Impersonators have been around for a while, and this time of year the IRS impersonators will be phishing to see who will bite. In the past, phishing attempts were to contact you about a tax debt and make threats to get you to pay up. Now scammers may send you a text about a “Tax Rebate” or another tax refund or benefit. Here is some information to know about the new twist.
The text message may look like a real text and mention a “tax rebate” or “refund Payment”. No matter what the text says, it is a scammer phishing for your information. If you click on the link to claim “your refund,” you are exposing yourself to Identity Theft or malware that the scammer could install on your phone, and you would not have any idea they did this. Note that no one is going to give you free money!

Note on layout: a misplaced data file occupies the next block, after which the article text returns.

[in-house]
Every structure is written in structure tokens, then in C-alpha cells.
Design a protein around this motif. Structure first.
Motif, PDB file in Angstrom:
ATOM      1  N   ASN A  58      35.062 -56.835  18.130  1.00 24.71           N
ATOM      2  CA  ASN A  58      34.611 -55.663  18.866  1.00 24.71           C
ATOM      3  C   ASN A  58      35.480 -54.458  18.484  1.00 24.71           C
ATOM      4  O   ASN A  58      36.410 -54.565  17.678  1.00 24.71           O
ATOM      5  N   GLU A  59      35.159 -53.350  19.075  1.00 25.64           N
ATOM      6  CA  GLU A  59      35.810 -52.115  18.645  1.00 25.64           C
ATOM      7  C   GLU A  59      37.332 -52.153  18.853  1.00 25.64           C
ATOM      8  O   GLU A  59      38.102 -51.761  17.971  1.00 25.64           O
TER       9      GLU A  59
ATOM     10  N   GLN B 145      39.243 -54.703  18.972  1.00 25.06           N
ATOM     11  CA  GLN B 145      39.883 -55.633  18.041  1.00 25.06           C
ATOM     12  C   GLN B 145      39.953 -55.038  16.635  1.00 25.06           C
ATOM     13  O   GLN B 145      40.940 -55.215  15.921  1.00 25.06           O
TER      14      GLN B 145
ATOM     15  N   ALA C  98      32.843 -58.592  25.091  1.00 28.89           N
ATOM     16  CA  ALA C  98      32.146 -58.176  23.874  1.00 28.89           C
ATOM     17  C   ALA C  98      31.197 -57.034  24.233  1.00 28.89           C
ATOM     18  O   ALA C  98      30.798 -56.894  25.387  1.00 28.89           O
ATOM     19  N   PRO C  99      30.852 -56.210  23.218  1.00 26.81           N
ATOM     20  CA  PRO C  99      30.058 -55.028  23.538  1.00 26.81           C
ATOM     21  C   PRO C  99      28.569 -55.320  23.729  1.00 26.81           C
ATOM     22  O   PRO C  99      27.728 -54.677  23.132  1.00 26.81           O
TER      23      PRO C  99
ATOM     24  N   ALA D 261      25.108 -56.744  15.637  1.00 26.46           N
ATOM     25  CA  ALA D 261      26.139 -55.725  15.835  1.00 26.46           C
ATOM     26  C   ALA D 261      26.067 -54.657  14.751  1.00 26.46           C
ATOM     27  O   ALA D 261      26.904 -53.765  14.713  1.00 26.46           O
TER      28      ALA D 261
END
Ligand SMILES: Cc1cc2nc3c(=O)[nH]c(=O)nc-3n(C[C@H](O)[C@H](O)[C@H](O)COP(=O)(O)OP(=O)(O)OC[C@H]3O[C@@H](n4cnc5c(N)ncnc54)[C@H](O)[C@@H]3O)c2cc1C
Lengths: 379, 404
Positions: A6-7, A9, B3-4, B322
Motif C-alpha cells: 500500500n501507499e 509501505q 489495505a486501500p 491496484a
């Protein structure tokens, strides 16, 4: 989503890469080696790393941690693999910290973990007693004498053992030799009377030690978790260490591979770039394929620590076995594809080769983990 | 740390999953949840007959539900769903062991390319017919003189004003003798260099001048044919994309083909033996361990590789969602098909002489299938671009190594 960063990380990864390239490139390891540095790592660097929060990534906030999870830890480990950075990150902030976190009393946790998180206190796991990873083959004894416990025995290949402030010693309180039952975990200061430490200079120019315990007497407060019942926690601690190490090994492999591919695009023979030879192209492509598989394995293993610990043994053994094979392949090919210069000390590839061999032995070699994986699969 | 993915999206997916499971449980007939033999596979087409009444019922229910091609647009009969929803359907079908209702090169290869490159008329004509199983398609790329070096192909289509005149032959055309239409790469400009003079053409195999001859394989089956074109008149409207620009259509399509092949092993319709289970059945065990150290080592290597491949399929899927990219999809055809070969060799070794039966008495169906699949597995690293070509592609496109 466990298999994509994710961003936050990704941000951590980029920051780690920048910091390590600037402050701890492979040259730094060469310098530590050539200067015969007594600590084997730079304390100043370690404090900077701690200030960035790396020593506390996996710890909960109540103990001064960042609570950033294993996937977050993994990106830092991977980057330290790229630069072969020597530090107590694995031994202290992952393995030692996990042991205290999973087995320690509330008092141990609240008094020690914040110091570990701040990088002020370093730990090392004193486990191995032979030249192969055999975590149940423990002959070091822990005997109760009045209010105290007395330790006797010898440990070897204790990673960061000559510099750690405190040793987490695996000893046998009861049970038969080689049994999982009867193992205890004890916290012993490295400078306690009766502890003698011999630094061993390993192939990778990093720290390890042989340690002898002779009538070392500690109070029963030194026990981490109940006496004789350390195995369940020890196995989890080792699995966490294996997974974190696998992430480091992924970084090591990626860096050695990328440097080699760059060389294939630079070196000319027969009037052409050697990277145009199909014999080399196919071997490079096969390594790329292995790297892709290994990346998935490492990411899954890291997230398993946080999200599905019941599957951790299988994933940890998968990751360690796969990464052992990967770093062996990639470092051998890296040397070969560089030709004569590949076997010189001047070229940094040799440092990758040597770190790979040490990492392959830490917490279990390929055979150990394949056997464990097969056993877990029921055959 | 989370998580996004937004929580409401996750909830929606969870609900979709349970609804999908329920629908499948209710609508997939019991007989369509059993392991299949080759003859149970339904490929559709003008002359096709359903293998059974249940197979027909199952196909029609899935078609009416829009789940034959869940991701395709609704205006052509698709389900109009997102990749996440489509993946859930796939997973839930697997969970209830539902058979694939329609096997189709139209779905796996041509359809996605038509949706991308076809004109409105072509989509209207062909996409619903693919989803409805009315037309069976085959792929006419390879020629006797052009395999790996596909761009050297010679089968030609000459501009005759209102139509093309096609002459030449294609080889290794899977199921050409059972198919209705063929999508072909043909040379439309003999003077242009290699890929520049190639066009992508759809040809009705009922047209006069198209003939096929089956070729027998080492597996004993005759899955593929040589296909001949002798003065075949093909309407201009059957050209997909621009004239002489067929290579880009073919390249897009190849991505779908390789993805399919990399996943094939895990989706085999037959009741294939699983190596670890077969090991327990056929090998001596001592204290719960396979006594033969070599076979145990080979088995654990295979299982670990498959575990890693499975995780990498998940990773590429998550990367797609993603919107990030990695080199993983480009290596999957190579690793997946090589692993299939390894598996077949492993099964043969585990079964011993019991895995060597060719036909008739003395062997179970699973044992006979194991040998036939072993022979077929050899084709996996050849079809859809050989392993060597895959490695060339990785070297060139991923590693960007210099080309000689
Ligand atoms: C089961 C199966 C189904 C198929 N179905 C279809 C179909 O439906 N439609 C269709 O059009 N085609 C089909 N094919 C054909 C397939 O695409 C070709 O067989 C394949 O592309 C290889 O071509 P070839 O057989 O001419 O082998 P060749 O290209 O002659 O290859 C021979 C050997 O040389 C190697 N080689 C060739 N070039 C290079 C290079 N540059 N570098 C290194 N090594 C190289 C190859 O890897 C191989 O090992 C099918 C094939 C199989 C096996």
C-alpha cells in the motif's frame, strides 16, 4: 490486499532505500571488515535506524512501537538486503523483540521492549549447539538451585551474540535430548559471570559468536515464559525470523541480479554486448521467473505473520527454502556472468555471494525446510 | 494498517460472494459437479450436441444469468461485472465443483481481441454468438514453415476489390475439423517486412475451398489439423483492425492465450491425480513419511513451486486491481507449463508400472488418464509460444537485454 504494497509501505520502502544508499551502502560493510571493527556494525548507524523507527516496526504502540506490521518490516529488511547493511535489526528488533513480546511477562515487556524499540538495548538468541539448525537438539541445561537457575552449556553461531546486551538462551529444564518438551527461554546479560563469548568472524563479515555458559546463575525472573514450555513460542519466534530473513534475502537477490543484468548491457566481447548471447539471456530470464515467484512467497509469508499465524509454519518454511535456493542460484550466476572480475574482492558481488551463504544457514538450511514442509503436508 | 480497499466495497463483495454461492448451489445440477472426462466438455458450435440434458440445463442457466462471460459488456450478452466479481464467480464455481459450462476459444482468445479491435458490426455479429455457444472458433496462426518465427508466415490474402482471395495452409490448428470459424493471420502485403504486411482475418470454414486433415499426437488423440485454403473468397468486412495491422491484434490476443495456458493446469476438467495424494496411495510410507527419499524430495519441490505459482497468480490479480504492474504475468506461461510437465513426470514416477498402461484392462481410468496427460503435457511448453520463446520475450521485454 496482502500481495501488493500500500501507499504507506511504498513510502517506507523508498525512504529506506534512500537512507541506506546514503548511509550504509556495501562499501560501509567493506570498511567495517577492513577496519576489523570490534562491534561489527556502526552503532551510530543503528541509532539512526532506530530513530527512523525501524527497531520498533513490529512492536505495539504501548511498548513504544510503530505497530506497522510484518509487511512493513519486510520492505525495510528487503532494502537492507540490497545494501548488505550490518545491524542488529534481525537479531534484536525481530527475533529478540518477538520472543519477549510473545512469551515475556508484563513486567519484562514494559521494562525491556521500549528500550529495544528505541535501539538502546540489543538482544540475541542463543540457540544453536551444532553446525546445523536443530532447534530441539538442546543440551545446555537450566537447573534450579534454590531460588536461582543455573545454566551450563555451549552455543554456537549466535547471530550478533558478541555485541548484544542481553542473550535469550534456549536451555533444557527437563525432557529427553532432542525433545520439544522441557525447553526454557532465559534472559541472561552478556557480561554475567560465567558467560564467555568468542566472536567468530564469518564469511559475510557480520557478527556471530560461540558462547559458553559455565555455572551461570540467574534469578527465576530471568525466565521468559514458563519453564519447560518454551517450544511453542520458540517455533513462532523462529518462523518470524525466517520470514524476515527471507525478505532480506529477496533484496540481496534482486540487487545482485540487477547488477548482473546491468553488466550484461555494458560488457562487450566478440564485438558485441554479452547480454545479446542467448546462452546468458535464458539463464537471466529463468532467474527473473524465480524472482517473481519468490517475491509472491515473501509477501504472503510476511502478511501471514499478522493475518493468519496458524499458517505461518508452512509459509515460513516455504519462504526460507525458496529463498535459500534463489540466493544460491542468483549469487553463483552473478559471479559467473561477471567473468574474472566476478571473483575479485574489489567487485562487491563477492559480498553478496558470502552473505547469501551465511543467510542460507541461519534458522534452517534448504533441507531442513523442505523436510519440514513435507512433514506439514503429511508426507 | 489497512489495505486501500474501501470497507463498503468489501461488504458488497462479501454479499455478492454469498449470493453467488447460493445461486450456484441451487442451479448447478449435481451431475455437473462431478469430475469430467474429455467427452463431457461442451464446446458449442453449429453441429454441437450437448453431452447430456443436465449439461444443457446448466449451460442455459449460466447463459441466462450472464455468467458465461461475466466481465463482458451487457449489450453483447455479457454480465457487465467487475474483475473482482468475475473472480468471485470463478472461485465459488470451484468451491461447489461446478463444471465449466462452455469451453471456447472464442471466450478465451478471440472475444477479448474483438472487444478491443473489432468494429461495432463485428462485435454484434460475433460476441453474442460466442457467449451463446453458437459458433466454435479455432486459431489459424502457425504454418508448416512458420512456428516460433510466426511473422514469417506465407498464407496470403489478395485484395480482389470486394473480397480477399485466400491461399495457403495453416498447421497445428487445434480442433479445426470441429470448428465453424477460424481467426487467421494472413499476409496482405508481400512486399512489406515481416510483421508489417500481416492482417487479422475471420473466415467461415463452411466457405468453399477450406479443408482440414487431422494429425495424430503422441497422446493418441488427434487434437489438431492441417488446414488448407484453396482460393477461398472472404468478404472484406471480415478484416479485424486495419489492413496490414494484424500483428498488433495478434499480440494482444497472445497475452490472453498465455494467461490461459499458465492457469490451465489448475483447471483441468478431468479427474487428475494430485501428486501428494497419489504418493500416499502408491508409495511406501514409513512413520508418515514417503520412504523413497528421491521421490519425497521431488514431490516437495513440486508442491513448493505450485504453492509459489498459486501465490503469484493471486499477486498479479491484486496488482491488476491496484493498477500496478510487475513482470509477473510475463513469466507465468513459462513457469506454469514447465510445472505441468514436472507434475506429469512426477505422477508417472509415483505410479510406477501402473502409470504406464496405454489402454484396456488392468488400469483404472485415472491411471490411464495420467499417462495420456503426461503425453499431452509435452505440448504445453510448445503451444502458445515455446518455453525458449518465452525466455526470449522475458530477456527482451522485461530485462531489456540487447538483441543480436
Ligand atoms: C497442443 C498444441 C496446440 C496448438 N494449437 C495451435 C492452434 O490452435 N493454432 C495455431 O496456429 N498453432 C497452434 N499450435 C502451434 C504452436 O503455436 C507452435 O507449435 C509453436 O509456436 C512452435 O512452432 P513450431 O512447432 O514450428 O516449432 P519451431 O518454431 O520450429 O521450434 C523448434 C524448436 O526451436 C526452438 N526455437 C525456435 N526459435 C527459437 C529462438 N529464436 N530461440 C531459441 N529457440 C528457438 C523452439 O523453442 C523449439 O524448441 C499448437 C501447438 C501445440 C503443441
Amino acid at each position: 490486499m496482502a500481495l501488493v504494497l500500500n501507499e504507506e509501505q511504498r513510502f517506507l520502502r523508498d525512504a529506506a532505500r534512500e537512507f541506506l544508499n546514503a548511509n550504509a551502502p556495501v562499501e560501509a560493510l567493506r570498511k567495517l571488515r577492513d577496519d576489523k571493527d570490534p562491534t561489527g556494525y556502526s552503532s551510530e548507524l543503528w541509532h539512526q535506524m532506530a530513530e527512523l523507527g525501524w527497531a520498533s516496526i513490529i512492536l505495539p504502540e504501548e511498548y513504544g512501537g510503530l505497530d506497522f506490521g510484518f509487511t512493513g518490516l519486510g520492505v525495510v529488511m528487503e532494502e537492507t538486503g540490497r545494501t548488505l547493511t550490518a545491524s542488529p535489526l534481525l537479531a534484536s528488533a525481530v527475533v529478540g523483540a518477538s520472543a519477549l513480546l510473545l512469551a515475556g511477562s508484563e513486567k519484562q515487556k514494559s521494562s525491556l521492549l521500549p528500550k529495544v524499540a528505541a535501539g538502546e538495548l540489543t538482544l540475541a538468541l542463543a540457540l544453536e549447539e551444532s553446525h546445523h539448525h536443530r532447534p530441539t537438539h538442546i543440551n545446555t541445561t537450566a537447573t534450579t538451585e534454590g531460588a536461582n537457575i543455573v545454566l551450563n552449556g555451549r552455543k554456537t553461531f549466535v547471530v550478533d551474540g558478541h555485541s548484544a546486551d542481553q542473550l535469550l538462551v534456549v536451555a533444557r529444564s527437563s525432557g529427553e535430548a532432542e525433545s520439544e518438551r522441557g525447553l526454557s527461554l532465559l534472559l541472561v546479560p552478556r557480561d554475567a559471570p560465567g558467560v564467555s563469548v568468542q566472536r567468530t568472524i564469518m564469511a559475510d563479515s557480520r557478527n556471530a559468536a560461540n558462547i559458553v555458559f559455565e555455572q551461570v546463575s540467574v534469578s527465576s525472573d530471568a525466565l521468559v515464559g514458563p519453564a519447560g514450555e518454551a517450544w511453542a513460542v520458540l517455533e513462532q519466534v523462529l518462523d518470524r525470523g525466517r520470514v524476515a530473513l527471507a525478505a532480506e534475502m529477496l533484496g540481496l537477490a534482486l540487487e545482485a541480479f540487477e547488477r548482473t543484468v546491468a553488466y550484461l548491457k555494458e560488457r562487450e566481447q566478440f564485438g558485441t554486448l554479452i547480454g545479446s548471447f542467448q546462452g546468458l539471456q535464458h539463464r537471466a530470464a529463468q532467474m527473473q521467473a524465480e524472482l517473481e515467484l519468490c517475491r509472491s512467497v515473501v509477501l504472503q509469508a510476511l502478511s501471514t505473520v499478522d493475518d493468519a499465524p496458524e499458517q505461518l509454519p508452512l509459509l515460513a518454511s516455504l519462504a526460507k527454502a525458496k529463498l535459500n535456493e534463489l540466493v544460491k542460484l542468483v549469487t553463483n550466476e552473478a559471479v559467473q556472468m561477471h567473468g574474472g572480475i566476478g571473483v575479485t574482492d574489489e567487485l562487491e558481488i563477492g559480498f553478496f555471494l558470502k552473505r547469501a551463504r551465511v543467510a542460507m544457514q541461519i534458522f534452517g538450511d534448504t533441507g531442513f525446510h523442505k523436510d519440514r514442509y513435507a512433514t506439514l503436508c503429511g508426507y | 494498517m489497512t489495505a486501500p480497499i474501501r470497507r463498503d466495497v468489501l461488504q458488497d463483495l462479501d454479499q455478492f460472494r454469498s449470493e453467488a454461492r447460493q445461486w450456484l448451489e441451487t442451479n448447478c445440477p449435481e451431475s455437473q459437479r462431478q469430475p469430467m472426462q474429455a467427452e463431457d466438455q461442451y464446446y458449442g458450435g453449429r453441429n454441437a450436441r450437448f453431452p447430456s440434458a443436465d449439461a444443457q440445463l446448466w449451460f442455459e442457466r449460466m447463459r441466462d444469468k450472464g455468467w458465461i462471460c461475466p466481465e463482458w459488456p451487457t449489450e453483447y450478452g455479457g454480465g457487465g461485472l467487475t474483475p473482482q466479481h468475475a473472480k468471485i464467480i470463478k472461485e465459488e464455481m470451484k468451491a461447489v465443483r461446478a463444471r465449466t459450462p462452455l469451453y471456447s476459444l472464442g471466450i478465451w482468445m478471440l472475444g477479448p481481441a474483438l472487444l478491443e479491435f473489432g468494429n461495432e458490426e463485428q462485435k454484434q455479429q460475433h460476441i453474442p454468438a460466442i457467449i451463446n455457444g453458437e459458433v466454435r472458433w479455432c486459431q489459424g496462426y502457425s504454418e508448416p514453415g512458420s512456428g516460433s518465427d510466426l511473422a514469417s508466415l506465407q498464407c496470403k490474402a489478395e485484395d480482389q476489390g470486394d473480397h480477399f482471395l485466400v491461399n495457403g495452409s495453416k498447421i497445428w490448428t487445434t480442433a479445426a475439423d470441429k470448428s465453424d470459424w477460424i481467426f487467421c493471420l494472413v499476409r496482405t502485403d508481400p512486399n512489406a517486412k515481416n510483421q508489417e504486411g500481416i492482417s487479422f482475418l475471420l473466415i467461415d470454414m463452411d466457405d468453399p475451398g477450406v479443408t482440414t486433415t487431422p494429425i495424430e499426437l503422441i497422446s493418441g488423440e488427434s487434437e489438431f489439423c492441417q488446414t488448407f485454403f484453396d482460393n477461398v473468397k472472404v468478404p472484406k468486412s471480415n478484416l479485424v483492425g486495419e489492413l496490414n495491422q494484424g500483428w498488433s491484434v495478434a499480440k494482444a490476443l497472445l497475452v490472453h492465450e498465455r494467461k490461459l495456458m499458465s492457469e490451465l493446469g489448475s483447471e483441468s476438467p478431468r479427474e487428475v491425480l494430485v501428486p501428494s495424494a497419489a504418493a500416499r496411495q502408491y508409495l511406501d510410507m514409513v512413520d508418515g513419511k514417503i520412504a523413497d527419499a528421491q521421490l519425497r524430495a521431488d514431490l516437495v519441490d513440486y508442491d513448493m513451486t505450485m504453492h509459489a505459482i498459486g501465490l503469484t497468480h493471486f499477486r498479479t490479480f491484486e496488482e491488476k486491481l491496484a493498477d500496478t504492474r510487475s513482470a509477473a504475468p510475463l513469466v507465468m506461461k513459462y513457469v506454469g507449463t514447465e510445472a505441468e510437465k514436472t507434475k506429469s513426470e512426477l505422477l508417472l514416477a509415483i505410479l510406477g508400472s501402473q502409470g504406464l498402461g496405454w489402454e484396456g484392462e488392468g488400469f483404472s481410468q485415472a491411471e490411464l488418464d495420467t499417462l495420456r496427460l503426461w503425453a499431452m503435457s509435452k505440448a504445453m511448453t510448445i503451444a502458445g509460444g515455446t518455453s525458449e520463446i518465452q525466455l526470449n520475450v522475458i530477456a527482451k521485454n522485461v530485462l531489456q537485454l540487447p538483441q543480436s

- Never click on an unexpected text
- Don’t share personal information with anyone who contacts you out of the blue
- Always use a website or phone number you know is real
The IRS will never call, email, text, or contact you for the first time, they always start by sending you a letter. If you want to confirm, call the IRS directly at 1-800-829-1040
If you have questions about a refund, go to their official website. Visit Where’s My Refund.
Report unsolicited texts or emails claiming to be the IRS with screenshots as an attachment to [email protected].
If you did click on a link in one of these text or emails and have shared your personal information, file a report at IdentityTheft.gov to help you get a customized recovery plan based on what information you shared.
Please be careful and mindful of fraud, it happens when we least expect it.
Fraud prevention is important.
As a reminder, SouthPoint will never email, text or call you and ask for your personal information. This includes usernames, passwords, account numbers or access codes. Even if your caller ID says “SouthPoint,” it’s likely spoofing, which is a scam. If this happens to you, please contact us and we can help.